MAP Magazine Folds After Only Six Issues
"Yep. If I close it now, I will leave without any debt," he said.
He looked as if he had accepted the reality of the situation, even if it wasn't the outcome he wanted.
MAP was the sole publication whose mission was to showcase an emerging metropolis and its young art scene, a stark contrast to Ocean Drive's B-list celebrities and unknown socialite-filled pages. Was it perfect? No, I had publicly stated there were things I would have changed, which editor Omar Sommereyns let me know he didn't appreciate, but I couldn't deny the fact it is a well-produced magazine.
Maybe too well-produced. MAP Magazine looked like it had a high production cost -- the paper, fashion spreads, photography, and writing all cost money, even if there were only four issues a year. And it did all of this without the help of, er, adult advertising (not that I'm embarassed that I write for a publication that lets trannies and questionable massage parlors offer their services).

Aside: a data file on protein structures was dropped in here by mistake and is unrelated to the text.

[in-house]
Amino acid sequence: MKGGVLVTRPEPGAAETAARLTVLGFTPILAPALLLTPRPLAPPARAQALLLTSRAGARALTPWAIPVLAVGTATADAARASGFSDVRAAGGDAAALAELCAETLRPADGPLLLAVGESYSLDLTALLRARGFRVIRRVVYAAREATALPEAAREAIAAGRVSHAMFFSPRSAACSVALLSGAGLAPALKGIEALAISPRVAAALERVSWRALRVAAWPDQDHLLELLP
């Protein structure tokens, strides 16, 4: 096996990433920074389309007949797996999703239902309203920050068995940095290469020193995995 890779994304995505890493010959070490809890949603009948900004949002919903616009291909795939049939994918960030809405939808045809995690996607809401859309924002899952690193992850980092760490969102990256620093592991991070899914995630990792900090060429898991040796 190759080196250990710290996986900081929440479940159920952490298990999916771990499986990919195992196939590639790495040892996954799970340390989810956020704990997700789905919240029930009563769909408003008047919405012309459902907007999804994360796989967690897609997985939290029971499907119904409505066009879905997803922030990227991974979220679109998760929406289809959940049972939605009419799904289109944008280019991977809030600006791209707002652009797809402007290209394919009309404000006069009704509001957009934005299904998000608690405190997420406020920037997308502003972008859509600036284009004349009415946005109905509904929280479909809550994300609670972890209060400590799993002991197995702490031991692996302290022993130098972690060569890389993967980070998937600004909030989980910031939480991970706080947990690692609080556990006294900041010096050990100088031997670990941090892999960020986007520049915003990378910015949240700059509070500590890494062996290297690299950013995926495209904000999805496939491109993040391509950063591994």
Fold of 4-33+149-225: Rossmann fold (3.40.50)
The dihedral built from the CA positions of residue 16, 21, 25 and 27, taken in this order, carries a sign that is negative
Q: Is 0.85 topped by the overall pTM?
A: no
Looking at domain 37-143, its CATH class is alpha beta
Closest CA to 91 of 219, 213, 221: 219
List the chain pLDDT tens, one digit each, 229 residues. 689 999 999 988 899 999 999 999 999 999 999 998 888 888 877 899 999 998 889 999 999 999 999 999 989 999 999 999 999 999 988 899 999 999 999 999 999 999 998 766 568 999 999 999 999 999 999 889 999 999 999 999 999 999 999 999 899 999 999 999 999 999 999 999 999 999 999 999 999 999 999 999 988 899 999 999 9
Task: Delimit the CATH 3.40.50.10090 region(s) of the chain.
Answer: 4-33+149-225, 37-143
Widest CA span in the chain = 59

Reality of the situation is that the publishing industry is taking a beating in large part due to the the Internet and the failing economy. Even our parent company, Village Voice Media, isn't immune to it, having just done a round of company-wide layoffs and cost-cutting measures. Still, it's sad to see that a city so desperately in need of more quality publications lose one as good as MAP.
Is there any hope for the magazine to return at a later date? I didn't ask, but an online-only variation is out of the question according to Sheehan. "It still costs money to make that happen."